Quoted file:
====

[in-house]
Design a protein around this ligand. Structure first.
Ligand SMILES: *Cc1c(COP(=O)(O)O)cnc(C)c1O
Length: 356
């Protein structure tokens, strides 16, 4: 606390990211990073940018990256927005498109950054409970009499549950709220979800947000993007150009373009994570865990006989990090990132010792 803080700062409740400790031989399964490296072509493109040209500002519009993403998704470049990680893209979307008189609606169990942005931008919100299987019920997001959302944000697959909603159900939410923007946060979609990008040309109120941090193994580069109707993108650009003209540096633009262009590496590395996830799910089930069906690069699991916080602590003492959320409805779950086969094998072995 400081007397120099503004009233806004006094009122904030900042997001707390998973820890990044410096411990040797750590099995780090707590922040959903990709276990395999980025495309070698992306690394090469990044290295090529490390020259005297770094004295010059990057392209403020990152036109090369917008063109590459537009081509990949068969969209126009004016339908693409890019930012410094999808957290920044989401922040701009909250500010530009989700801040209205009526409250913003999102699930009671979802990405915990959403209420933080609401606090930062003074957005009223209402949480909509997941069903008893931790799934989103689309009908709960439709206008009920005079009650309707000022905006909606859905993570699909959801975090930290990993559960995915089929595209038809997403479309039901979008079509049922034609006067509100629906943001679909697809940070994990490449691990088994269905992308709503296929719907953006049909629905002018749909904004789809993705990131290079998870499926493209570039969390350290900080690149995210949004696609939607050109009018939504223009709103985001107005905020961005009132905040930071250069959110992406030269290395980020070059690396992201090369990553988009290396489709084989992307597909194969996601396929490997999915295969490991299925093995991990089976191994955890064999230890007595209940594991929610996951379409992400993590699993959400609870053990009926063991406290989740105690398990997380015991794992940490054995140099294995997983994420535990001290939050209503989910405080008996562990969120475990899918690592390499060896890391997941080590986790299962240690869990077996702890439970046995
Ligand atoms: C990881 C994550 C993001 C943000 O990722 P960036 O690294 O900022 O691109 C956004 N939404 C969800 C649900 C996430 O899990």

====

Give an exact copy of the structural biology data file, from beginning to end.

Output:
[in-house]
Design a protein around this ligand. Structure first.
Ligand SMILES: *Cc1c(COP(=O)(O)O)cnc(C)c1O
Length: 356
């Protein structure tokens, strides 16, 4: 606390990211990073940018990256927005498109950054409970009499549950709220979800947000993007150009373009994570865990006989990090990132010792 803080700062409740400790031989399964490296072509493109040209500002519009993403998704470049990680893209979307008189609606169990942005931008919100299987019920997001959302944000697959909603159900939410923007946060979609990008040309109120941090193994580069109707993108650009003209540096633009262009590496590395996830799910089930069906690069699991916080602590003492959320409805779950086969094998072995 400081007397120099503004009233806004006094009122904030900042997001707390998973820890990044410096411990040797750590099995780090707590922040959903990709276990395999980025495309070698992306690394090469990044290295090529490390020259005297770094004295010059990057392209403020990152036109090369917008063109590459537009081509990949068969969209126009004016339908693409890019930012410094999808957290920044989401922040701009909250500010530009989700801040209205009526409250913003999102699930009671979802990405915990959403209420933080609401606090930062003074957005009223209402949480909509997941069903008893931790799934989103689309009908709960439709206008009920005079009650309707000022905006909606859905993570699909959801975090930290990993559960995915089929595209038809997403479309039901979008079509049922034609006067509100629906943001679909697809940070994990490449691990088994269905992308709503296929719907953006049909629905002018749909904004789809993705990131290079998870499926493209570039969390350290900080690149995210949004696609939607050109009018939504223009709103985001107005905020961005009132905040930071250069959110992406030269290395980020070059690396992201090369990553988009290396489709084989992307597909194969996601396929490997999915295969490991299925093995991990089976191994955890064999230890007595209940594991929610996951379409992400993590699993959400609870053990009926063991406290989740105690398990997380015991794992940490054995140099294995997983994420535990001290939050209503989910405080008996562990969120475990899918690592390499060896890391997941080590986790299962240690869990077996702890439970046995
Ligand atoms: C990881 C994550 C993001 C943000 O990722 P960036 O690294 O900022 O691109 C956004 N939404 C969800 C649900 C996430 O899990």